Pap Smear (cont.)
Melissa Conrad Stöppler, MD
Melissa Conrad Stöppler, MD, is a U.S. board-certified Anatomic Pathologist with subspecialty training in the fields of Experimental and Molecular Pathology. Dr. Stöppler's educational background includes a BA with Highest Distinction from the University of Virginia and an MD from the University of North Carolina. She completed residency training in Anatomic Pathology at Georgetown University followed by subspecialty fellowship training in molecular diagnostics and experimental pathology.
William C. Shiel Jr., MD, FACP, FACR
Dr. Shiel received a Bachelor of Science degree with honors from the University of Notre Dame. There he was involved in research in radiation biology and received the Huisking Scholarship. After graduating from St. Louis University School of Medicine, he completed his Internal Medicine residency and Rheumatology fellowship at the University of California, Irvine. He is board-certified in Internal Medicine and Rheumatology.
In this Article
- Pap smear facts
- What is a Pap smear procedure?
- Who should have a Pap smear?
- What are the risks of having a Pap smear?
- What kind of doctor performs a Pap test?
- How is a Pap smear done?
- How will I find out the results of my Pap smear?
- What is an abnormal Pap smear?
- How is a Pap smear read (analyzed)?
- What information is included on a Pap smear report?
- Why is a woman's menstrual status important for the Pap smear?
- What are risk factors for cervical cancer and precancer?
- Why is a woman's past Pap smear history pertinent?
- When might a Pap smear not be adequate for interpretation?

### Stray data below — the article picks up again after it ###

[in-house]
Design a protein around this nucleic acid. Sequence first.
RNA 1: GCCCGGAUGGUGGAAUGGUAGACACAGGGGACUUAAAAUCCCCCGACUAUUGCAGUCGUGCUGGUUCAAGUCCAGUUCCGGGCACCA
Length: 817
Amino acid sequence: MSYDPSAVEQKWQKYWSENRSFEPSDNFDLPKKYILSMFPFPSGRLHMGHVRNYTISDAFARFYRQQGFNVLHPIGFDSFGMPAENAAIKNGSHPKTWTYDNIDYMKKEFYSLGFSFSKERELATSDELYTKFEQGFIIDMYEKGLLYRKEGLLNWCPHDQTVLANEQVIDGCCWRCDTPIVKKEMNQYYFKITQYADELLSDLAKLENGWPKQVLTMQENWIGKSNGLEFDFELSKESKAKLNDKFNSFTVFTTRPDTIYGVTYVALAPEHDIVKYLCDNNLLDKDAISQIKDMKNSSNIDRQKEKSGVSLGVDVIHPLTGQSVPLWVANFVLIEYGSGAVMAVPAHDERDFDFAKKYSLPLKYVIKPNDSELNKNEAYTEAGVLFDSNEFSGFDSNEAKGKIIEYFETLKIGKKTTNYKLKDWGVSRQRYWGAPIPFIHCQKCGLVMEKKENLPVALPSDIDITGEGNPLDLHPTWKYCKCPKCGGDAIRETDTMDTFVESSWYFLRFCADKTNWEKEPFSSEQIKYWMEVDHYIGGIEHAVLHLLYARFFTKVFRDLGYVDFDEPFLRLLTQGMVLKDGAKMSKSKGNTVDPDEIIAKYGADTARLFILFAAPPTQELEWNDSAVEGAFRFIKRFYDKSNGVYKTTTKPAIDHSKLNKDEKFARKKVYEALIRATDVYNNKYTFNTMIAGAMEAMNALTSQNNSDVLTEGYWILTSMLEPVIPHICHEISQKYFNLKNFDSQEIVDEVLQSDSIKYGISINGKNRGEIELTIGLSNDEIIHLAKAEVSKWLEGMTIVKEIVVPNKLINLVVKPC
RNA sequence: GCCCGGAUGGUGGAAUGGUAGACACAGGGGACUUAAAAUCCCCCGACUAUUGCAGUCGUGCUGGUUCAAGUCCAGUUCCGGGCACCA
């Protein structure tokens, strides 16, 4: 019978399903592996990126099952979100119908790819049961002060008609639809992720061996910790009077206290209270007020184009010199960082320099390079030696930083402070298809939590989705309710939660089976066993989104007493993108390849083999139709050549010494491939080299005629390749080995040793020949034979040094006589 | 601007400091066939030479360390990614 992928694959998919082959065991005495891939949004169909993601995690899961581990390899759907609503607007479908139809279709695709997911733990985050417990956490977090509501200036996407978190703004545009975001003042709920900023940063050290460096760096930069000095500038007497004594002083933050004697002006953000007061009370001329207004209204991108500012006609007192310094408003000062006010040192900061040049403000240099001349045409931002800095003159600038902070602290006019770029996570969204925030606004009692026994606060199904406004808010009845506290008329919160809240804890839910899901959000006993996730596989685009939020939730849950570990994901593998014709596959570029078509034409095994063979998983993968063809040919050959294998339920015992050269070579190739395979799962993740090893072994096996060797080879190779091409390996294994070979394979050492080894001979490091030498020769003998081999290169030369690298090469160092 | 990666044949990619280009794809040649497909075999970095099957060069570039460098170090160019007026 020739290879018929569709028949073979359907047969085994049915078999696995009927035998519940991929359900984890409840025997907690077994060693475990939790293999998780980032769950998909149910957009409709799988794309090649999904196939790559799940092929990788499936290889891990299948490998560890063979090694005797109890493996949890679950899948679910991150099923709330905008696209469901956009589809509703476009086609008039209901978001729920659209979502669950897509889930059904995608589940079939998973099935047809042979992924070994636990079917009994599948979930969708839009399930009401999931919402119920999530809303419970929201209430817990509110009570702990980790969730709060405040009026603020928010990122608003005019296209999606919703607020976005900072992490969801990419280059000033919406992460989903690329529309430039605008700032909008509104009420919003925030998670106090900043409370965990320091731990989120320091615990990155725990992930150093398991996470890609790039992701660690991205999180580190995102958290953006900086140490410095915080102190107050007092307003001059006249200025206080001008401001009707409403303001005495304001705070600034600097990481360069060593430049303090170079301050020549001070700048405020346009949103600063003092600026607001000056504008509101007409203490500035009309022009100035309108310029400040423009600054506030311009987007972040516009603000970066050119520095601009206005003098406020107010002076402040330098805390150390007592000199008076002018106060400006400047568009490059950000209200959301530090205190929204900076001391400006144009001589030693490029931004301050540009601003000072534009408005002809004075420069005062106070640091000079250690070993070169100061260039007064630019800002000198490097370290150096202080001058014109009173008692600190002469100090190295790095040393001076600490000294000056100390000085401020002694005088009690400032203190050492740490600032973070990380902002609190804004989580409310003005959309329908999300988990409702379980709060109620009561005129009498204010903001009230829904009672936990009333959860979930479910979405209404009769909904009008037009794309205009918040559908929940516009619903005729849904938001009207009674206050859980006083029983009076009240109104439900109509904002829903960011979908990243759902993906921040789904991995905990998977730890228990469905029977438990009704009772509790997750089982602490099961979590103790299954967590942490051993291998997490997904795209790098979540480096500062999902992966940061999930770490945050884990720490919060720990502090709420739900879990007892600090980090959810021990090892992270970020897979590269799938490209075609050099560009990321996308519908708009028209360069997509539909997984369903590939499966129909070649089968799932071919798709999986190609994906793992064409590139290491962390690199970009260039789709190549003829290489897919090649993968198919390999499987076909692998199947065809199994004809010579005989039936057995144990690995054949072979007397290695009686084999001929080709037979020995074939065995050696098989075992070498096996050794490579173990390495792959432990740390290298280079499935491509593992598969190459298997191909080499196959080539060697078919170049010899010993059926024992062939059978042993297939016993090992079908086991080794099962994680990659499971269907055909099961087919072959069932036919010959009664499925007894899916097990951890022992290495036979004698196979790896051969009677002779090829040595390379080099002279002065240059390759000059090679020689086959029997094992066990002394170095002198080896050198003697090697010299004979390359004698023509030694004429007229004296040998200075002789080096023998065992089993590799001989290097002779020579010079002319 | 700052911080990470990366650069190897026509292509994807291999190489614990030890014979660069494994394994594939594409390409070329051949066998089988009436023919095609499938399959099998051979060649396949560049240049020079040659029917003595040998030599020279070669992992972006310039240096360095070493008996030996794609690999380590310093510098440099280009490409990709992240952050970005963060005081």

- How is the final Pap smear diagnosis made?
- What are the possible recommendations for follow-up after a Pap smear?
- What treatments are available if a Pap smear is abnormal?
- What is the current status of human papilloma virus (HPV) testing?
- With Pap smears so available, why are women still dying of cervical cancer?
- Find a local Obstetrician-Gynecologist in your town
How will I find out the results of my Pap smear?
The results of the Pap smear are usually available within one to two weeks. At the end of Pap smear testing, each woman should ask how she should expect to be informed about the results of her Pap smear. If a woman has not learned of her results after a month, she should contact her health-care professional's office.
What is an abnormal Pap smear?
An abnormal Pap smear shows cancer or precancerous changes in the cells of the cervix. It is especially important to identify abnormal cells in the early stages, because treatment can be carried out to remove the abnormal cells. The section below entitled "How is a Pap smear read and analyzed" contains the specific terminology used in the report for an abnormal Pap smear.
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